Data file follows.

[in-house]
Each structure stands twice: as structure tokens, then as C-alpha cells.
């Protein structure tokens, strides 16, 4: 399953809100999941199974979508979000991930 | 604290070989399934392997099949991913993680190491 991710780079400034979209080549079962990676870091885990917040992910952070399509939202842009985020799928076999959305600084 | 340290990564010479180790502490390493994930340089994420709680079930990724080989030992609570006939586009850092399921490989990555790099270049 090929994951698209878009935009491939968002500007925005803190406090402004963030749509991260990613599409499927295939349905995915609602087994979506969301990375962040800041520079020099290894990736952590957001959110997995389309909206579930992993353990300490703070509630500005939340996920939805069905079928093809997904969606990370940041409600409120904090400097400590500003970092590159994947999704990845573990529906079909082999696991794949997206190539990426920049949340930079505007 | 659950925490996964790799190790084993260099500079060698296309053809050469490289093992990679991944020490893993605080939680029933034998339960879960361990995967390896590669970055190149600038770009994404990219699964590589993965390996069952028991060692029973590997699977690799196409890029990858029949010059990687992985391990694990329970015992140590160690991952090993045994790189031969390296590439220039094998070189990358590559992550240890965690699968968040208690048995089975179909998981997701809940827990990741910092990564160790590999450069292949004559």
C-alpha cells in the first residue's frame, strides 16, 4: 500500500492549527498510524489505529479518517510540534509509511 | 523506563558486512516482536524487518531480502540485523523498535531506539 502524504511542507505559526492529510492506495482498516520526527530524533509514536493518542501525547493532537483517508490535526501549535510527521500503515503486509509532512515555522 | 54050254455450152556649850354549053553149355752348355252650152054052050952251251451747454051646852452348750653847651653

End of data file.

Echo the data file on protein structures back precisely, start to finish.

[in-house]
Each structure stands twice: as structure tokens, then as C-alpha cells.
């Protein structure tokens, strides 16, 4: 399953809100999941199974979508979000991930 | 604290070989399934392997099949991913993680190491 991710780079400034979209080549079962990676870091885990917040992910952070399509939202842009985020799928076999959305600084 | 340290990564010479180790502490390493994930340089994420709680079930990724080989030992609570006939586009850092399921490989990555790099270049 090929994951698209878009935009491939968002500007925005803190406090402004963030749509991260990613599409499927295939349905995915609602087994979506969301990375962040800041520079020099290894990736952590957001959110997995389309909206579930992993353990300490703070509630500005939340996920939805069905079928093809997904969606990370940041409600409120904090400097400590500003970092590159994947999704990845573990529906079909082999696991794949997206190539990426920049949340930079505007 | 659950925490996964790799190790084993260099500079060698296309053809050469490289093992990679991944020490893993605080939680029933034998339960879960361990995967390896590669970055190149600038770009994404990219699964590589993965390996069952028991060692029973590997699977690799196409890029990858029949010059990687992985391990694990329970015992140590160690991952090993045994790189031969390296590439220039094998070189990358590559992550240890965690699968968040208690048995089975179909998981997701809940827990990741910092990564160790590999450069292949004559």
C-alpha cells in the first residue's frame, strides 16, 4: 500500500492549527498510524489505529479518517510540534509509511 | 523506563558486512516482536524487518531480502540485523523498535531506539 502524504511542507505559526492529510492506495482498516520526527530524533509514536493518542501525547493532537483517508490535526501549535510527521500503515503486509509532512515555522 | 54050254455450152556649850354549053553149355752348355252650152054052050952251251451747454051646852452348750653847651653